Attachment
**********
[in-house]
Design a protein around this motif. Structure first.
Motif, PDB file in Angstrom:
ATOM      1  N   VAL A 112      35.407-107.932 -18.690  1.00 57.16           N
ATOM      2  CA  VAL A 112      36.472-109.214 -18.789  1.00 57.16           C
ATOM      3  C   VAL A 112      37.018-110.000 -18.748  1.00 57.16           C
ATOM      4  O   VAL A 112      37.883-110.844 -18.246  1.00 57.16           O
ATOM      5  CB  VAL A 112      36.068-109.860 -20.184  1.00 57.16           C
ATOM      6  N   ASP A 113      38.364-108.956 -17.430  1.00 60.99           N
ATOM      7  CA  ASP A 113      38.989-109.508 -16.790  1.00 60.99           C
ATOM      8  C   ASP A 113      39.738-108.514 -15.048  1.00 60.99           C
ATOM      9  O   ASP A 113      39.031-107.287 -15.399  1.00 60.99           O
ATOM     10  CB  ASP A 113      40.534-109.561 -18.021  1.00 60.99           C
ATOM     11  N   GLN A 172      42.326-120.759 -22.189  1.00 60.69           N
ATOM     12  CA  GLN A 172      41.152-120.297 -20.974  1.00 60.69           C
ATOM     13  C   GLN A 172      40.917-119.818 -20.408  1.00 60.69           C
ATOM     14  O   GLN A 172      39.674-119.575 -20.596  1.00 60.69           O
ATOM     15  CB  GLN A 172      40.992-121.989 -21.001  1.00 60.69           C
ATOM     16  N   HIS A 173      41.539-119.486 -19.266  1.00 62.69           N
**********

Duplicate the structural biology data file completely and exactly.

[in-house]
Design a protein around this motif. Structure first.
Motif, PDB file in Angstrom:
ATOM      1  N   VAL A 112      35.407-107.932 -18.690  1.00 57.16           N
ATOM      2  CA  VAL A 112      36.472-109.214 -18.789  1.00 57.16           C
ATOM      3  C   VAL A 112      37.018-110.000 -18.748  1.00 57.16           C
ATOM      4  O   VAL A 112      37.883-110.844 -18.246  1.00 57.16           O
ATOM      5  CB  VAL A 112      36.068-109.860 -20.184  1.00 57.16           C
ATOM      6  N   ASP A 113      38.364-108.956 -17.430  1.00 60.99           N
ATOM      7  CA  ASP A 113      38.989-109.508 -16.790  1.00 60.99           C
ATOM      8  C   ASP A 113      39.738-108.514 -15.048  1.00 60.99           C
ATOM      9  O   ASP A 113      39.031-107.287 -15.399  1.00 60.99           O
ATOM     10  CB  ASP A 113      40.534-109.561 -18.021  1.00 60.99           C
ATOM     11  N   GLN A 172      42.326-120.759 -22.189  1.00 60.69           N
ATOM     12  CA  GLN A 172      41.152-120.297 -20.974  1.00 60.69           C
ATOM     13  C   GLN A 172      40.917-119.818 -20.408  1.00 60.69           C
ATOM     14  O   GLN A 172      39.674-119.575 -20.596  1.00 60.69           O
ATOM     15  CB  GLN A 172      40.992-121.989 -21.001  1.00 60.69           C
ATOM     16  N   HIS A 173      41.539-119.486 -19.266  1.00 62.69           N